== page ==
by Richard Bird
Sometimes (wink, wink, nudge, nudge, say no more) it’s difficult to get decision-makers to focus on the big-picture and to avoid the distraction of details. This is especially true early in strategy or concept development.
Here are some suggestions:
# Spread all the concepts out. Set aside those that connect based on your first, gut instinct. Move quickly.
# Set aside those that, instinctively, don’t seem right. (The “include” method is preferred - as in option 1.)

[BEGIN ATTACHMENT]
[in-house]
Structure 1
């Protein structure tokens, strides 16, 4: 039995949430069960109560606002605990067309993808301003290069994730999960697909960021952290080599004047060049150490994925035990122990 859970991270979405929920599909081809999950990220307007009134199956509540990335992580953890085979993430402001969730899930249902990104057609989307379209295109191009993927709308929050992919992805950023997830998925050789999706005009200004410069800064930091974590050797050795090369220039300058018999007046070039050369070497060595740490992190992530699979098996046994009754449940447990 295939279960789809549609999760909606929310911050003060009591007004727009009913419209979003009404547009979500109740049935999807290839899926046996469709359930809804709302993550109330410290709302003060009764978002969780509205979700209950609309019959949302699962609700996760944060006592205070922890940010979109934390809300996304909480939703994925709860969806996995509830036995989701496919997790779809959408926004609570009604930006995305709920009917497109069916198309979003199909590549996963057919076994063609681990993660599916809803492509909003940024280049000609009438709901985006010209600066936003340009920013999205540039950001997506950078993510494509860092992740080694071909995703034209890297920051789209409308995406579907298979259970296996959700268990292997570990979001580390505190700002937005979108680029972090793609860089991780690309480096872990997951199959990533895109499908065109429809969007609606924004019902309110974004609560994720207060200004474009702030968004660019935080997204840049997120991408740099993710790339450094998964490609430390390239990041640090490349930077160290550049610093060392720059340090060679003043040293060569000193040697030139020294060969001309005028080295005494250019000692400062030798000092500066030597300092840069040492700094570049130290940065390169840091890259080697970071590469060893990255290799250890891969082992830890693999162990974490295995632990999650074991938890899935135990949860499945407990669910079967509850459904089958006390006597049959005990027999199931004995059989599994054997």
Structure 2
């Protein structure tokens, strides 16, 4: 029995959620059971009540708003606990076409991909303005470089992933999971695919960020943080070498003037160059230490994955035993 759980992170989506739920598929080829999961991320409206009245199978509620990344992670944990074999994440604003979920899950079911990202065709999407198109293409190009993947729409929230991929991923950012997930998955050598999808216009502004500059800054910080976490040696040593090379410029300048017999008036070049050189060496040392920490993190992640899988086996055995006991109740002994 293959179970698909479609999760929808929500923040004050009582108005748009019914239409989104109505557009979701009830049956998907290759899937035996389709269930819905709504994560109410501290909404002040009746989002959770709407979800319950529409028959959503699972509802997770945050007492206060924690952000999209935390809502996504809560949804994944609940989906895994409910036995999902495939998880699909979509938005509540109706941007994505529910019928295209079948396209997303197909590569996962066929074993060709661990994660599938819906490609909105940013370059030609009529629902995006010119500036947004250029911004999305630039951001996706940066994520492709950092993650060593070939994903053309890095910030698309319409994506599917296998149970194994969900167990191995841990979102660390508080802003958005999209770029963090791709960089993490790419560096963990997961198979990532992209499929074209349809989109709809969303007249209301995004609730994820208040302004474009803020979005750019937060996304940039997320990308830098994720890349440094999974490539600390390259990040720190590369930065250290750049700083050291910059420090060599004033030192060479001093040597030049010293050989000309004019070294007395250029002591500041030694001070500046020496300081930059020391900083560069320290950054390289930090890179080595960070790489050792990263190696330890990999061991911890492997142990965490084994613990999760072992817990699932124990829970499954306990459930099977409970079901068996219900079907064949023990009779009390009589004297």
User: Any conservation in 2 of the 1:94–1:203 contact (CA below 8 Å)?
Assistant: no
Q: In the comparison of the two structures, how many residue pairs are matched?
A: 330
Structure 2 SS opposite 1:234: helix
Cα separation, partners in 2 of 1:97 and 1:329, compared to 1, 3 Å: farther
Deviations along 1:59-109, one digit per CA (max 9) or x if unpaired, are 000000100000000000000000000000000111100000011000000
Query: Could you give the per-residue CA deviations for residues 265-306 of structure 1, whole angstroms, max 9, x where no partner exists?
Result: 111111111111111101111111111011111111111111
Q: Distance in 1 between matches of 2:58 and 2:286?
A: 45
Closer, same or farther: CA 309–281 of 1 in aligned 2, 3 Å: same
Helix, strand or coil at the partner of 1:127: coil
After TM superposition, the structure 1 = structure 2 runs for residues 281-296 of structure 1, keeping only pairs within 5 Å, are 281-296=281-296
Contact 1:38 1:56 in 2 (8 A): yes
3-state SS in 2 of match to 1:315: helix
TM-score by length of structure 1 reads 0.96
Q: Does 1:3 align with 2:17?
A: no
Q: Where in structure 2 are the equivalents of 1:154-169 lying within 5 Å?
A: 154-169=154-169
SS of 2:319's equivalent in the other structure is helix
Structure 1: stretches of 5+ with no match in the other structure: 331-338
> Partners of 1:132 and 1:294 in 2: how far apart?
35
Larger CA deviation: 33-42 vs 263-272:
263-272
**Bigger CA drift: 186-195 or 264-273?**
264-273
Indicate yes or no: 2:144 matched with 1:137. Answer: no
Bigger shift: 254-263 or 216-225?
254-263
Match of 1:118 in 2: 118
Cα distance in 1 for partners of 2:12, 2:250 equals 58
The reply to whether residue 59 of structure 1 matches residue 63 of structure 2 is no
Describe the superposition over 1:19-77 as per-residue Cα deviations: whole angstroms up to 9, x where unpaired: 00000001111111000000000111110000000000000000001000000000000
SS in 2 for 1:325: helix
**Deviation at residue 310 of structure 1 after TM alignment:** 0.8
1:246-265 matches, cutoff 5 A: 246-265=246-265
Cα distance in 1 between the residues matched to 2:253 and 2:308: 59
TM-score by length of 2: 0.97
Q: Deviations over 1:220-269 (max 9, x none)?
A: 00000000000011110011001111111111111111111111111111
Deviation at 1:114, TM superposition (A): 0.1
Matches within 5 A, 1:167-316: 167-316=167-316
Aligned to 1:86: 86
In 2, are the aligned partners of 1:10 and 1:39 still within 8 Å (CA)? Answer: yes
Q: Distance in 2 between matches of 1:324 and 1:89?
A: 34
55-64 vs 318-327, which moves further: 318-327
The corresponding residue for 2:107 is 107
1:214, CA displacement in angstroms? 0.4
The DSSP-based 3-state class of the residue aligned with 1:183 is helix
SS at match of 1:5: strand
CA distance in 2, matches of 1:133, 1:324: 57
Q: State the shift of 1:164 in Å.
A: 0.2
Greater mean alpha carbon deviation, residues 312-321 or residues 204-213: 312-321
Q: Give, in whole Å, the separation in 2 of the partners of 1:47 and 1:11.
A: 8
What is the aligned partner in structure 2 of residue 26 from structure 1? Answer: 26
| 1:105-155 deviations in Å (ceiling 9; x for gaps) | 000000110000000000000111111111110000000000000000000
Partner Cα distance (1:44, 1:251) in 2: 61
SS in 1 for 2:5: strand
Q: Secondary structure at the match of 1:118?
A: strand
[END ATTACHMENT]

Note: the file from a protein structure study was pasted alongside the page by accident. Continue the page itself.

# Group concepts by any agreed similarity or other criteria. Choose standouts from any group.
# Group concepts by purely visual themes. Choose one standout design from any group.
# Use the “Eye Doctor” method. Go two-by-two and decide which one is “Better or Worse,” “Better or Worse.” Only the “Better” moves forward to the next comparison. Think on your feet.
# Use comparisons to facilitate feedback with simple language and visual support. “Concept X is a winner, but it needs to say ‘spectacular’ more strongly… like concept Y does.” Consider the ideas eliminated by other methods, too.
# Score each concept on rating scale(s) of your choosing. Compile total scores. Three or more participants.